ERA

Download the full-sized PDF of The Demonstration and Capture of an Ecosystem Service Value:  Three Different Methodological ApproachesDownload the full-sized PDF

Analytics

Share

Permanent link (DOI): https://doi.org/10.7939/R39M2M

Download

Export to: EndNote  |  Zotero  |  Mendeley

Communities

This file is in the following communities:

Graduate Studies and Research, Faculty of

Collections

This file is in the following collections:

Theses and Dissertations

The Demonstration and Capture of an Ecosystem Service Value: Three Different Methodological Approaches Open Access

Descriptions

Other title
Subject/Keyword
Attribute-Based Stated Choice Method (ABSCM)
Ecosystem service value
Hedonic property analysis
Environmental valuation
Discrete housing choice analysis
Type of item
Thesis
Degree grantor
University of Alberta
Author or creator
Kim, Hyun N
Supervisor and department
Boxall, Peter (Resource Economics and Environmental Sociology)
Examining committee member and department
Mohapatra, Sandeep (Resource Economics and Environmental Sociology)
Adamowicz, Vic (Resource Economics and Environmental Sociology)
Department
Department of Resource Economics and Environmental Sociology
Specialization
Agricultural and resource economics
Date accepted
2015-01-21T08:51:38Z
Graduation date
2015-06
Degree
Doctor of Philosophy
Degree level
Doctoral
Abstract
Water management can generate valuable ecosystem services but can be costly to implement. This dissertation examines this issue using irrigation water storage infrastructure which has provided desirable services to residential properties in the Town of Chestermere in Alberta, Canada. Based on concerns regarding fluctuations in water quality and quantity a Water Management Agreement (WMA) was struck between the irrigation agency and the town to stabilize lake conditions in 2005. The first study uses quasi-experimental hedonic property approaches to estimate the subsequent impact of the WMA on shoreline property values. We find that property values significantly increased as a result of the agreement and that the additional property tax revenues arising from these values are large enough to offset the annual service fees paid to the irrigation agency. The second study extends discrete residential choice models by incorporating choice set formation. In this second study we explore several formulations of endogenous choice sets in which the decision maker’s selection of a choice set is based on certain attributes and the final selection is made from this reduced choice set. The proposed approach is empirically applied to a housing transaction dataset and welfare measures are generated for non-marginal changes associated with a water management policy. We find that the models that approximate choice set formation improve the efficiency of estimation and influence estimated welfare measures suggesting the importance of choice set formation in the context of discrete housing choice models. The third study extends the stated housing choice literature by examining the issue for unobserved components of utility that may arise from use of a pivot-style dataset. The particular focus of this study is on examining the influence of experimental design methods on the variance of hypothetical choice alternatives simultaneously. We find presence of heteroscedasticity across choice alternatives. However, we do not find the evidence that design differences influence the unobserved parts of the utility function. A comparison of models across different model specifications shows that model parameters and welfare measures are sensitive to how to specify the model structures suggesting the need of precautions when dealing with the data generated by pivot-style designs.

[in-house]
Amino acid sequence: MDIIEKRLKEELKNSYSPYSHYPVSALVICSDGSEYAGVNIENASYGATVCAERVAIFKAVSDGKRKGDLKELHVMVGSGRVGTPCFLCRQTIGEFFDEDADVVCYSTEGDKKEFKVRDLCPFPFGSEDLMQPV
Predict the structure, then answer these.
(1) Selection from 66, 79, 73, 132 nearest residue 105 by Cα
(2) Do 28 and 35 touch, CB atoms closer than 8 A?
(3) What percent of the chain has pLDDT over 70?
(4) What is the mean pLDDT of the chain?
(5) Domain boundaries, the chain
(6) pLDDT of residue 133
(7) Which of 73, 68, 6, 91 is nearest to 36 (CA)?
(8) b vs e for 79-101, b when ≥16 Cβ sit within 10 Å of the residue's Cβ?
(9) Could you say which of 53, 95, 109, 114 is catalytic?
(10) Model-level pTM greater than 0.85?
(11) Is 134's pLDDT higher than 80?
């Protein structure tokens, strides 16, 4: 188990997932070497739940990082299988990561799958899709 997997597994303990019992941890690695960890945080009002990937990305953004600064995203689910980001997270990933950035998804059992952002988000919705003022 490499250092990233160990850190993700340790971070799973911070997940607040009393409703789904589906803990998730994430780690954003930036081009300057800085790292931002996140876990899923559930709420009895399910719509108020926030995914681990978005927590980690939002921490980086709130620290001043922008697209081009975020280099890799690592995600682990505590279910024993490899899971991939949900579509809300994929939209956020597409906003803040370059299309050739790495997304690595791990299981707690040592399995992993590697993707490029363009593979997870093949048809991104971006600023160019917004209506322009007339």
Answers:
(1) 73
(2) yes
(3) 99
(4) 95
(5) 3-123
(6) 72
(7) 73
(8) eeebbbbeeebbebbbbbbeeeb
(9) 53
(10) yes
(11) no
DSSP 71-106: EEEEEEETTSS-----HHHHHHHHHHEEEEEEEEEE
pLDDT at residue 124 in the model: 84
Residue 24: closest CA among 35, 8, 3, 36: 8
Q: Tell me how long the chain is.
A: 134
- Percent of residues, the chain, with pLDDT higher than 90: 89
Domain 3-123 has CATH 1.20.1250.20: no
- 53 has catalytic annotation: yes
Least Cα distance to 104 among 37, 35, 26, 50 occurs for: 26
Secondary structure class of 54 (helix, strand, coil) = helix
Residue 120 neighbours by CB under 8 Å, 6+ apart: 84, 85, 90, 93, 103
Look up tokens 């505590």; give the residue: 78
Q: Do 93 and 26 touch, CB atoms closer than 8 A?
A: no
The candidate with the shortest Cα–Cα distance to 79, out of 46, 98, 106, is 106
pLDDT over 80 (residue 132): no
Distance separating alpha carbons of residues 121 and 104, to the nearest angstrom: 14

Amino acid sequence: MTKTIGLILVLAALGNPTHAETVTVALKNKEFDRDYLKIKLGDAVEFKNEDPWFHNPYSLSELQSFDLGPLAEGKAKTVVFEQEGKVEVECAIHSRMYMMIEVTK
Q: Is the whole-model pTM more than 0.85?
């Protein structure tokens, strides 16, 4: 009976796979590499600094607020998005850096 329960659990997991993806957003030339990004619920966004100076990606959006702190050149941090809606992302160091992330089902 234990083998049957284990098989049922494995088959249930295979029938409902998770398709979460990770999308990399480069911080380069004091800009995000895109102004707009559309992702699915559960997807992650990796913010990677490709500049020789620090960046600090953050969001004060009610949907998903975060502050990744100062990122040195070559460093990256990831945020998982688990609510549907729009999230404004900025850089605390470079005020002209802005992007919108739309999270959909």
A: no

Language
English
DOI
doi:10.7939/R39M2M
Rights
Permission is hereby granted to the University of Alberta Libraries to reproduce single copies of this thesis and to lend or sell such copies for private, scholarly or scientific research purposes only. Where the thesis is converted to, or otherwise made available in digital form, the University of Alberta will advise potential users of the thesis of these terms. The author reserves all other publication and other rights in association with the copyright in the thesis and, except as herein before provided, neither the thesis nor any substantial portion thereof may be printed or otherwise reproduced in any material form whatsoever without the author's prior written permission.
Citation for previous publication

File Details

Date Uploaded
Date Modified
2015-06-15T07:04:12.691+00:00
Audit Status
Audits have not yet been run on this file.
Characterization
File format: pdf (PDF/A)
Mime type: application/pdf
File size: 2978655
Last modified: 2015:10:21 22:29:19-06:00
Filename: Kim_Hyun_N_201501_PhD.pdf
Original checksum: 18616e2ab311ffbc430e8acebcc96cc1
Activity of users you follow
User Activity Date